Following the fate of one family over the course of two decades in Nigeria, this debut novel tells the story of four siblings' search for agency, love, and meaning in a society rife with hypocrisy but also endless life.
Black Sunday will destroy you. It won't be an explosion or any other ultraviolent thing. Instead, the novel will inflict a thousand tiny cuts on you, and your soul will slowly pour from them. Well, at least I think that's what Abraham wants to do. I'm sure that's the reason this gem of a novel is packed with so much poetry, pain, abandonment, abuse, heartbreak, and poverty ... The first standout element in Black Sunday is the writing itself. Abraham mixes poetry, Yoruba, pidgin English, and street philosophy into a mesmerizing style. The novel's chapters alternate between the point of view the four siblings, and each one has a distinctive voice that makes whatever they're talking about feel like something that happened to someone you know ... Abraham creates believable characters whose stories could easily have come from real life, stories full of mistakes, rejection, and poverty that mirror some of the things we've all lived through. That makes them simultaneously unique and universal, and it makes it easy to understand the way they see the world, even if their lens is ugly ... a literary wound that bleeds pain for a while, but you should stay the course, because that's followed by lots of love, beauty, and hope.
... a story of tragedy. It is not supposed to be hopeful. But there is hope in the telling ... Their stories are so blunt and intimate that the pain and confusion that inhabit the siblings’ experiences are never really absent, even before they are abandoned by their mother and father ... Abraham’s gift as a writer is her ability to simultaneously see peoples’ lives as both stories and as something more than narrative ... Her awareness of how difficult it is to separate from self allows her to better attempt to connect the reader to a critique of materiality, to a reminder that masculinity needs redeeming, to the knowledge that young boys are also victims in a patriarchy, and to the idea that toxic manhood is sublimated through institutions like marriage, church, and school. Overall, the work is committed to making stories personal, and paradoxically, the tales within her novel provide the reader with something that seems like more than merely a story ... Each chapter in the work is its own little black Sunday. But, although Abraham’s novel can be described as an exercise in confronting pain, her narrative is also an exercise in emboldening the 'female spirit.'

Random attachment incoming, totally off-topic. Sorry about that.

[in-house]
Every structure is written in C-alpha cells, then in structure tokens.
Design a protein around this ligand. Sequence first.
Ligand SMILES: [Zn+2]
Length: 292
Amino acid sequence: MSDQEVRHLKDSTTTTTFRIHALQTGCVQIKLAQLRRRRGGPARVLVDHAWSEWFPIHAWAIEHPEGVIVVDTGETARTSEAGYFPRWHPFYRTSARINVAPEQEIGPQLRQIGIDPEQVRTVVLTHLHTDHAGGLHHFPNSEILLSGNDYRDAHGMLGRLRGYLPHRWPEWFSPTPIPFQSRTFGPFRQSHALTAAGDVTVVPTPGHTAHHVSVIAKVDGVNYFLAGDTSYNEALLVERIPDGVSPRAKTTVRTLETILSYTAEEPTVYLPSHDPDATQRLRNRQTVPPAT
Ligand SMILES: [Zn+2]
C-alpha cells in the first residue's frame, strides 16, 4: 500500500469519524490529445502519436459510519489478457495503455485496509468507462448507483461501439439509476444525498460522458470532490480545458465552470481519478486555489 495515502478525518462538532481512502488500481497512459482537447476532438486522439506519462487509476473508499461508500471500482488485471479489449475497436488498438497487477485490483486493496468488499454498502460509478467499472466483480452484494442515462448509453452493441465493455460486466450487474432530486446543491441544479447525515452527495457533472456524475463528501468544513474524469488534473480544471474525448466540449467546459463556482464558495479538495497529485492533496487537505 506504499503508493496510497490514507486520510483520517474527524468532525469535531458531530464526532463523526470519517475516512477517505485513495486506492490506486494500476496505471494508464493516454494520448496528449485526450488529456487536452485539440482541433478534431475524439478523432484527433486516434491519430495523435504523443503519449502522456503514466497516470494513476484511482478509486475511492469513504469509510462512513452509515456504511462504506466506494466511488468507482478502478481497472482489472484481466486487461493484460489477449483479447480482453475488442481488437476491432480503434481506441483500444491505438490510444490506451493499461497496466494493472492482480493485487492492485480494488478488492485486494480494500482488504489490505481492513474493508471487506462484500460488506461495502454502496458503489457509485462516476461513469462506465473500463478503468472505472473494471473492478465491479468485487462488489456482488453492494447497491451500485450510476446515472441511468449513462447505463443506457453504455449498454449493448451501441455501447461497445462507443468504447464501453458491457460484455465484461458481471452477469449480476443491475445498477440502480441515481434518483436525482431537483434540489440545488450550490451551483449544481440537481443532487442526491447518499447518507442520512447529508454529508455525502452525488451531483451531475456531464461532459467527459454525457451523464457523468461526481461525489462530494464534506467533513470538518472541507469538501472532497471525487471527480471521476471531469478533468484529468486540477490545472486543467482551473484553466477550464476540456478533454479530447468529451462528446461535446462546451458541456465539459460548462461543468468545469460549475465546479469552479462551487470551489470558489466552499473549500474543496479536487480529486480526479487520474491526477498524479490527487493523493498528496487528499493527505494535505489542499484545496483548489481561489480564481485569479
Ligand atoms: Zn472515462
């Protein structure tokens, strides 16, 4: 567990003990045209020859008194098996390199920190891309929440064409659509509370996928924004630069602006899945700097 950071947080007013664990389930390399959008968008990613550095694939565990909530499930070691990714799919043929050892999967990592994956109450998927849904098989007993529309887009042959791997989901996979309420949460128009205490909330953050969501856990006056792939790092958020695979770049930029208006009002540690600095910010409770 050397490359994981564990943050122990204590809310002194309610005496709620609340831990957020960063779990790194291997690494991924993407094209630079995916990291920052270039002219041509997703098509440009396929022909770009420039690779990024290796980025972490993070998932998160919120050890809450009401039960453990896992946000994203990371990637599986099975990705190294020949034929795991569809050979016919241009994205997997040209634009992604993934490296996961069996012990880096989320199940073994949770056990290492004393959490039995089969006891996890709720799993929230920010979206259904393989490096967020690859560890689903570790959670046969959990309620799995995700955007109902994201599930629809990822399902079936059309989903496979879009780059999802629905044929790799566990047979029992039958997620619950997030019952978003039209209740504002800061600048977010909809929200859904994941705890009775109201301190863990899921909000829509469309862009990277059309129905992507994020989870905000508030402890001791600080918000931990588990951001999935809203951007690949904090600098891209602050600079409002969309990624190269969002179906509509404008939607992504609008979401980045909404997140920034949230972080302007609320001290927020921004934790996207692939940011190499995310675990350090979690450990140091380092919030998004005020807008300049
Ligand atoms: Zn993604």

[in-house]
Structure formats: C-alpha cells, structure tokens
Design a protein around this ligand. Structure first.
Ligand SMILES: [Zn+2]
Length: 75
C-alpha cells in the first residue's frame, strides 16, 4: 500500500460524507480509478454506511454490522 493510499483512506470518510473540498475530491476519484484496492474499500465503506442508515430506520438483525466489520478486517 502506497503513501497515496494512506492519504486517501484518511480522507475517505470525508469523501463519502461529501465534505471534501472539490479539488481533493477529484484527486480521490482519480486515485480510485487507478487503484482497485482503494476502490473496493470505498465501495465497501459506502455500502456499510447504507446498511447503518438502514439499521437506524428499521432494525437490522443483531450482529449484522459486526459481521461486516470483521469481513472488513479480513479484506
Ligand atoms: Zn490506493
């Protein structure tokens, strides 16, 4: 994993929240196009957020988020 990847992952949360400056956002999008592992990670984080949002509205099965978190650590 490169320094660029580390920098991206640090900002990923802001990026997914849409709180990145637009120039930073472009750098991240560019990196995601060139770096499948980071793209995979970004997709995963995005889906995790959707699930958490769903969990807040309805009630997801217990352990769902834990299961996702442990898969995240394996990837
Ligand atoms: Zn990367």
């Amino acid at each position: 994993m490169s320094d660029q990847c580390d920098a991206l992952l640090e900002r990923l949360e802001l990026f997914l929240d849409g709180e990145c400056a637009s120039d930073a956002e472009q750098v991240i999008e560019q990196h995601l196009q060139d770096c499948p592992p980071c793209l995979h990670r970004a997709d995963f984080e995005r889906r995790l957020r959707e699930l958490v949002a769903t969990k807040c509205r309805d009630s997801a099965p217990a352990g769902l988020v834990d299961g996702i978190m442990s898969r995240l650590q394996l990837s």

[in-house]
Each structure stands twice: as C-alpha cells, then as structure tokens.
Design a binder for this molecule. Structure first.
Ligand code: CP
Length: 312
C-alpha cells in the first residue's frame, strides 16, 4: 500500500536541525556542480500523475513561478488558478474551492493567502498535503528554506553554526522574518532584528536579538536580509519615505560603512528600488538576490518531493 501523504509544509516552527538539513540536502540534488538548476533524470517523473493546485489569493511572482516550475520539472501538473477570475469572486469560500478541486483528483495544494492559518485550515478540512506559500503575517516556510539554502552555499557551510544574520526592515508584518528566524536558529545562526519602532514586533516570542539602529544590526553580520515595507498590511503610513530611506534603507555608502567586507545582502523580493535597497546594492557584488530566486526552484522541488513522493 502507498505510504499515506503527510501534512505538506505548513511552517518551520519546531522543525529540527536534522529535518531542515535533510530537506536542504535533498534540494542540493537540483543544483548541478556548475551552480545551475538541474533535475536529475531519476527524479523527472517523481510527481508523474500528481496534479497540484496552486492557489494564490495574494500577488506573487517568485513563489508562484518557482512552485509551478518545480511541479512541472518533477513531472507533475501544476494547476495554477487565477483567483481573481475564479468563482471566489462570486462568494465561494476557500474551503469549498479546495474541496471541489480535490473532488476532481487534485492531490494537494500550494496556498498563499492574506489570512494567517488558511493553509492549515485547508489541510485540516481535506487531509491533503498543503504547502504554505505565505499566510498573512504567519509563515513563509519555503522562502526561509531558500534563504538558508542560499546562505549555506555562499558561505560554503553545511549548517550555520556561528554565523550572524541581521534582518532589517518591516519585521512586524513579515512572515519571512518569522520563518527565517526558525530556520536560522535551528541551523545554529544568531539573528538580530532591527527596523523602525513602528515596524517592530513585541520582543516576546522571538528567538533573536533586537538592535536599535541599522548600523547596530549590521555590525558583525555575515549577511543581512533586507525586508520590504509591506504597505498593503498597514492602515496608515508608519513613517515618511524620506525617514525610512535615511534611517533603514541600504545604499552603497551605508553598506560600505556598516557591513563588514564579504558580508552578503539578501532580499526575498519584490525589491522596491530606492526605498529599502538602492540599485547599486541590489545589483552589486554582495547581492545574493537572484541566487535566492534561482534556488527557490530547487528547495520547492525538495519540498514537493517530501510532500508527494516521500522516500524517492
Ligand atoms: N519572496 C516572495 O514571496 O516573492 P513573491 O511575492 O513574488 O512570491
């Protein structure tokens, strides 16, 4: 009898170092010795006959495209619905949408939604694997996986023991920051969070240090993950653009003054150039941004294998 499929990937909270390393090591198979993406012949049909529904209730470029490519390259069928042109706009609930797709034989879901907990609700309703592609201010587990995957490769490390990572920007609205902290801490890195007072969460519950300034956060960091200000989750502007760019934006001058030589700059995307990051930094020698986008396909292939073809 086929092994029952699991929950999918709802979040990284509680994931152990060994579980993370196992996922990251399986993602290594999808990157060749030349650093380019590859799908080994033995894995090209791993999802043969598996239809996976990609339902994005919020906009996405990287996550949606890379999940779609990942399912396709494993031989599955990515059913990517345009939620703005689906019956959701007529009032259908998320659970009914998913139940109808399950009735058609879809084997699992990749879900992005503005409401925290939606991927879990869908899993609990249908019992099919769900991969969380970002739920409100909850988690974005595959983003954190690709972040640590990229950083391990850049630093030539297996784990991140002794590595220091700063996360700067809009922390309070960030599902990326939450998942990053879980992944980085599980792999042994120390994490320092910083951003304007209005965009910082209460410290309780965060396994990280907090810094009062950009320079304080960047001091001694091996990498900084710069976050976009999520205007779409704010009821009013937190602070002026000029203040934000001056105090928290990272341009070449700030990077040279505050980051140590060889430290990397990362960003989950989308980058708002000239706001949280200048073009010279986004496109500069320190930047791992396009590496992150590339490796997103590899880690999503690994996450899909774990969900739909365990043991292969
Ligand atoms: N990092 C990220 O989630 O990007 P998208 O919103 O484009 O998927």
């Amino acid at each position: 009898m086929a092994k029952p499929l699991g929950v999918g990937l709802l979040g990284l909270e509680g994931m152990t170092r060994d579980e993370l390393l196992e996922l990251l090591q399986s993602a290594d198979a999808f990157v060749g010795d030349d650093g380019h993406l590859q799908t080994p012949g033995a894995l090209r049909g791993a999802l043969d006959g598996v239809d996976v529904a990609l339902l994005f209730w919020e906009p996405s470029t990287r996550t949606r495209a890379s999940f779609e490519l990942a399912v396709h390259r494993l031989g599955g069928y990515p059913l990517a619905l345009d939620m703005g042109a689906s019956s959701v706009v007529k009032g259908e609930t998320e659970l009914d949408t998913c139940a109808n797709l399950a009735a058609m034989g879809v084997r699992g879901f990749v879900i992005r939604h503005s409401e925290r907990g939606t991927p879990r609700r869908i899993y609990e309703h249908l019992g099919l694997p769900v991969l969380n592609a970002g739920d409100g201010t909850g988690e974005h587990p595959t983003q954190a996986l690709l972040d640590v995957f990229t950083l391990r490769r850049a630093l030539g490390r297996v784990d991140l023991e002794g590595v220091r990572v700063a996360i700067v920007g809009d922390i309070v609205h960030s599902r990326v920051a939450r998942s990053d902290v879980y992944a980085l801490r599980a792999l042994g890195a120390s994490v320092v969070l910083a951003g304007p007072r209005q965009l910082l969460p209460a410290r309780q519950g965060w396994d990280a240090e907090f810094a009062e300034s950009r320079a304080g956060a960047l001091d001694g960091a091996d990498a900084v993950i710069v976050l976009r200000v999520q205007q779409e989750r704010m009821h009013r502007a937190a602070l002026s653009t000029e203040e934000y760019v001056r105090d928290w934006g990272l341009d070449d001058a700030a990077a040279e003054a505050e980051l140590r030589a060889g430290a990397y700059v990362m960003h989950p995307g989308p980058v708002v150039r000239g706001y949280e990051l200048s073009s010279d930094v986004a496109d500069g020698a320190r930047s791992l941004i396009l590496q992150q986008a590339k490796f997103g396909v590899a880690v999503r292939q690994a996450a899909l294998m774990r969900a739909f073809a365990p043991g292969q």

Abraham’s debut novel tackles weighty topics like rape, self-discovery, and the mischief of prominent religious figures with a refreshing elegance. Bibike and Ariyike are nuanced characters who often make decisions with a jarred moral compass. Abraham gently ushers readers into both sisters’ perspectives, inviting us into their journey to autonomous peace.